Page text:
Brienne Letourneau
Willkie Farr & Gallagher
Fiduciary litigation, corporate governance litigation, consumer class actions

When the stakes are at their highest? When companies face major fines or the possibility of shutdown? They turn to Brienne Letourneau, a rising star with the Chicago law firm of Willkie Farr & Gallagher. 

During her career, Letourneau has represented a steady stream of fiduciaries and service providers facing breach-of-fiduciary duty claims, with her defense ensuring that these clients can continue doing business uninterrupted. She has also obtained favorable results for clients facing consumer class action claims. 

Letourneau's successes aren't limited to the work she does for corporate clients. She has also earned positive results for her pro bono clients, including a victory in a civil rights action tried to a federal jury trial, and in representing organizations that promote gender equity, such as the National Women’s Law Center and the TIME’S UP Legal Defense Fund.  An avid supporter of the arts, she served for many years on the board of directors for Victory Gardens Theater in Chicago.

"Brienne's super power is empathy," said Patrick Tierney, senior corporate counsel at Aspen Skiing Company. "She has a unique and exceptional ability to put herself in her clients' shoes and truly understand the issues her clients face and the corresponding stakes."

Tierney says that Letourneau studies litigation trends and provides him with legal guidance before he has even asked for her help, anticipating his needs and allowing him to take proactive measures to avoid future pitfalls.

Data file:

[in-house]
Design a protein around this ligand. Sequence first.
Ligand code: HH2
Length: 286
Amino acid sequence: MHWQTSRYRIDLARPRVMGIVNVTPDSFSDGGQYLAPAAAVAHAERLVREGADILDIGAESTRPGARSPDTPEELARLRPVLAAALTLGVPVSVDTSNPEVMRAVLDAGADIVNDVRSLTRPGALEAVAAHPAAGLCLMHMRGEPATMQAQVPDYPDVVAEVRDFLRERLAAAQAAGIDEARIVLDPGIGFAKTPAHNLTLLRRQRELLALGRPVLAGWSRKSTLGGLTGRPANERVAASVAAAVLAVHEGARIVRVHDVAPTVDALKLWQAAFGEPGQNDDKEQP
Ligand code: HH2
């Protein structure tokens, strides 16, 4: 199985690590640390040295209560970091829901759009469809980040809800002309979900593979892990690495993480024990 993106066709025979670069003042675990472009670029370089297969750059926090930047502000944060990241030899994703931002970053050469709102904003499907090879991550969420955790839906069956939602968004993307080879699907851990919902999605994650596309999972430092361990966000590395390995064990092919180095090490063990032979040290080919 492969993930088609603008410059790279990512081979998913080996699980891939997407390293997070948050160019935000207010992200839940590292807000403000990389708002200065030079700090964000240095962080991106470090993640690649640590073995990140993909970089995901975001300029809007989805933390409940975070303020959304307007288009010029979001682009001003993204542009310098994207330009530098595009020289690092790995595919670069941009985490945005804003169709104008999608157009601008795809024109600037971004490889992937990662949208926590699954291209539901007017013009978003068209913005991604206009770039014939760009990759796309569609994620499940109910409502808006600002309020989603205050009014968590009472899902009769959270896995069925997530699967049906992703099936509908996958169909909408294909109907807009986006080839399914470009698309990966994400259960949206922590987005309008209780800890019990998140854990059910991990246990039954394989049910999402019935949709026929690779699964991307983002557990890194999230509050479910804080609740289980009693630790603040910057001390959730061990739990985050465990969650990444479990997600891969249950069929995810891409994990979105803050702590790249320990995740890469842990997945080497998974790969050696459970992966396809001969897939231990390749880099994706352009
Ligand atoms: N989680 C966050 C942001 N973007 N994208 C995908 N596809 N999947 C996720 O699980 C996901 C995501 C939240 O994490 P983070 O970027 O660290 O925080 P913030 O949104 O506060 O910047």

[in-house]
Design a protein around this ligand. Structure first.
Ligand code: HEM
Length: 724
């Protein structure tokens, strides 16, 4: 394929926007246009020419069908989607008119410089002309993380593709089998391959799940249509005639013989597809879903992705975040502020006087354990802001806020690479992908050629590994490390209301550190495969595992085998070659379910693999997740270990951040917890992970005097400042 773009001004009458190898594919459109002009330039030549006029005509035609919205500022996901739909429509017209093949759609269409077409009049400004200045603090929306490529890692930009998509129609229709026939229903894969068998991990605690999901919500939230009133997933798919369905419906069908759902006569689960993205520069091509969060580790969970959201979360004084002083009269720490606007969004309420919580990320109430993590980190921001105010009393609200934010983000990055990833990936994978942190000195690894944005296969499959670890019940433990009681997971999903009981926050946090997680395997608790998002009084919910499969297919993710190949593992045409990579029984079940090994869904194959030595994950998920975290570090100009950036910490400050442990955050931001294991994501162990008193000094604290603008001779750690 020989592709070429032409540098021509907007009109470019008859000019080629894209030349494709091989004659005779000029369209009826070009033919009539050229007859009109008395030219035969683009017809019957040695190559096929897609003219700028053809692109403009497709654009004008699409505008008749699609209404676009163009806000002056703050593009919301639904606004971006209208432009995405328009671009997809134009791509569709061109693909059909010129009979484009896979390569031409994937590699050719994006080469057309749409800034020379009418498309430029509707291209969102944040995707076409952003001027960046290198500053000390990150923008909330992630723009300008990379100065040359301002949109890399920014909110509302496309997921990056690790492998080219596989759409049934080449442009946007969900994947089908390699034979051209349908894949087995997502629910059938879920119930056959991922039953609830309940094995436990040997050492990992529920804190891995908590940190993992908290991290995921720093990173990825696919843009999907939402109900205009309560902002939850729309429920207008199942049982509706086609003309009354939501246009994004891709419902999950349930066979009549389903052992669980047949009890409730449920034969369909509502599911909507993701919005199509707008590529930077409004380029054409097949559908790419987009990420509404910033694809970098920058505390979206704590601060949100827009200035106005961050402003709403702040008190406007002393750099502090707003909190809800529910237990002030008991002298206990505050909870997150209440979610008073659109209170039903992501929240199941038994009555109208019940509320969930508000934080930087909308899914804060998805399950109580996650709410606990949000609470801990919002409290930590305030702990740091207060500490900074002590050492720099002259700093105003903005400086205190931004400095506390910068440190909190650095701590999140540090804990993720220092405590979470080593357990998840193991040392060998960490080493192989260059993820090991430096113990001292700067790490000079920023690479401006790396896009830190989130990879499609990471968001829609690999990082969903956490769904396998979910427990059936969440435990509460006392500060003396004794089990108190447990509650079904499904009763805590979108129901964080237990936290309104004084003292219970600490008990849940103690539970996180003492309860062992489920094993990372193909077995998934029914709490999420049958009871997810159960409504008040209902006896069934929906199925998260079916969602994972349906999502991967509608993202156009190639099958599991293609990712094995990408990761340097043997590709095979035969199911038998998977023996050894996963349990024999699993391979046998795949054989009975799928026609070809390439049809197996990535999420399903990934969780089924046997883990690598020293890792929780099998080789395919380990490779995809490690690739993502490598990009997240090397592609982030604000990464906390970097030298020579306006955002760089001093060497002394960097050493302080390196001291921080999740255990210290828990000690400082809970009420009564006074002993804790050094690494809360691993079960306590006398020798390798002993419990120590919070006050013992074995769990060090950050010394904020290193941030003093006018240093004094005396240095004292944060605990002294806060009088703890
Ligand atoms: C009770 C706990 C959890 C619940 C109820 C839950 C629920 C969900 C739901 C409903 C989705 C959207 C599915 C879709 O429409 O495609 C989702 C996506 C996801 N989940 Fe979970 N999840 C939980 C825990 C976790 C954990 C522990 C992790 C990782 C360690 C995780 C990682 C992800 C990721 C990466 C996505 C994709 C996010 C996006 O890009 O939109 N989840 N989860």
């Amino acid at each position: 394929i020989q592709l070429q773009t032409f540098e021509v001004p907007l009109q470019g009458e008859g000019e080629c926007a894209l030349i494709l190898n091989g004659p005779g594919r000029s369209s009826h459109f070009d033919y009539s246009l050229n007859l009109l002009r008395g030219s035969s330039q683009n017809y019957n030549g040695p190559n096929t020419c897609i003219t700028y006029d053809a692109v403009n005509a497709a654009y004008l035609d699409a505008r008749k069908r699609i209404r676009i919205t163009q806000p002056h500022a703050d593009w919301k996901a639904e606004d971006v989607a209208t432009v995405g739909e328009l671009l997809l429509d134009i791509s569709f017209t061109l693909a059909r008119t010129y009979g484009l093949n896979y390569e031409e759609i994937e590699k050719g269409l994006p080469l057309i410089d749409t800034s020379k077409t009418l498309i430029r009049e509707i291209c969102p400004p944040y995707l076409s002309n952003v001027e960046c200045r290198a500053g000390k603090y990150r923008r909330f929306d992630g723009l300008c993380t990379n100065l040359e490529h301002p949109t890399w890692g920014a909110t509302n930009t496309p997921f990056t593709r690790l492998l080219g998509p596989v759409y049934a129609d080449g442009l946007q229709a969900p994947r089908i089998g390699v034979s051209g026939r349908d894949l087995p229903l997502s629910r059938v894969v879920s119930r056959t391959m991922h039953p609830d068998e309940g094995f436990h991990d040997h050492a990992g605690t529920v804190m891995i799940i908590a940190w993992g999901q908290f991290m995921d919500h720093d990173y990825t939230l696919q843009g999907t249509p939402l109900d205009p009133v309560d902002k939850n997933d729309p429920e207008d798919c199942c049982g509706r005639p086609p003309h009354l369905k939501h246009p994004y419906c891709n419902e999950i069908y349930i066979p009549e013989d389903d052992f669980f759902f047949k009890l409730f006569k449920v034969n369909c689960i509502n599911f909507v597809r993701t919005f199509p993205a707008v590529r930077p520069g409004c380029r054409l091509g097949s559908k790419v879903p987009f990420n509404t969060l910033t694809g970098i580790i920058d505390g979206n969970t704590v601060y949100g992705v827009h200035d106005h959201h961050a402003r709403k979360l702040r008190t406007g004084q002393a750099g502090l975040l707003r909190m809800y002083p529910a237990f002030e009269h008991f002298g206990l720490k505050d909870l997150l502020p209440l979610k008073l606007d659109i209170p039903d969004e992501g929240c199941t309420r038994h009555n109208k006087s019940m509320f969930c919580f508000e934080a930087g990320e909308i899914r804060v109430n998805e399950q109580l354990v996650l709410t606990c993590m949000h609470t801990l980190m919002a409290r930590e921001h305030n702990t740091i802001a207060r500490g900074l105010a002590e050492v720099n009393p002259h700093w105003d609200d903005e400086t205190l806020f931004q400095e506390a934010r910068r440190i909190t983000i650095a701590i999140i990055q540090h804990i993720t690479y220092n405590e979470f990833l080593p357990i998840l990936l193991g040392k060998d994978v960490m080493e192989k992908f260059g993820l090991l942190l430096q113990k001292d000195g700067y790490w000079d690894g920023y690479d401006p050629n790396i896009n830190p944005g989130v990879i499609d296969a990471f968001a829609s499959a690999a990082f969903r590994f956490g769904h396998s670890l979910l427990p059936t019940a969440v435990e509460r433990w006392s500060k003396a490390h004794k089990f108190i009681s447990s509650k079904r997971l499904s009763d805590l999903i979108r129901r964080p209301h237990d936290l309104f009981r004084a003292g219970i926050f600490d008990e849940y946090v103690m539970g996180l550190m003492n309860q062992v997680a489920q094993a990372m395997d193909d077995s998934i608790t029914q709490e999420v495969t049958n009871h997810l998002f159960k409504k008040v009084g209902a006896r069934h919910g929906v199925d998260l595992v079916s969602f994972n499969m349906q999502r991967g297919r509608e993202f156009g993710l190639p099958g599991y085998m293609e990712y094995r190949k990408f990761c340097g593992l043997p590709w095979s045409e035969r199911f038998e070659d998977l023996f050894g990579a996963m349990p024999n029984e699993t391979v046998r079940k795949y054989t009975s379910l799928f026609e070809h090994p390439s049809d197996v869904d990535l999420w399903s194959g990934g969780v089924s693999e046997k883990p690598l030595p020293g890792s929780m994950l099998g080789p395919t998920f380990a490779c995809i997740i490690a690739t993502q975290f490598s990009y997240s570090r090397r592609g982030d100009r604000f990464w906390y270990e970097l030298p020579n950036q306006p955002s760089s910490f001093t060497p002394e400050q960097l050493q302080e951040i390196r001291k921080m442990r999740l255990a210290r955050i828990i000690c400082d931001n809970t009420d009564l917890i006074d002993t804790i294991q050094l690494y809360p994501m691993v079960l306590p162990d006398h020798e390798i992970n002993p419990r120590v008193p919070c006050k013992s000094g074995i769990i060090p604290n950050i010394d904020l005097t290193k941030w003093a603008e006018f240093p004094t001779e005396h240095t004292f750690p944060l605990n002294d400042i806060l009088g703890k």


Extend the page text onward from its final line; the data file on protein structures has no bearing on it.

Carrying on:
"What Brienne does repeatedly and with terrific success is refuse to settle for a tactical solution without considering the strategic ramifications and really finding the right solution for a client," Tiereny said.

Maria Liu, Litigation Counsel with Uber, first met Letourneau when both worked at Chicago law firm Jenner & Block. Liu credits Letourneau with teaching her how to be an effective lawyer. 

Liu points to a long-running contract dispute that she and Letourneau managed when both were working at Willkie. Liu said that Letourneau's leadership was instrumental in earning a nearly $50 million judgment at summary judgment for the client. And while doing this, Letourneau made sure that each team member -- including the most junior associates and paralegals -- felt part of and took ownership in the win. 

"Brienne’s success in handling very difficult and complicated cases is due to her ability to organize chaos," Liu said. "She puts structures in place to keep the train moving forward, even when that train is moving super-fast and taking unpredictable turns. She pulls her teams together and communicates assignments clearly so that everyone works efficiently and in concert. And she quickly grasps difficult concepts and develops strategic action plans that meet clients’ goals."

Stephanie Graham, vice president and general counsel for Northwestern University, said that Letourneau’s legal skills have resulted in several legal victories for the Evanston-based university. 

"Brienne is a thoughtful and creative advocate who understands and cares about Northwestern’s institutional mission and presents issues in ways that not only position us to succeed in litigation, but also help advance our values and priorities," Graham said.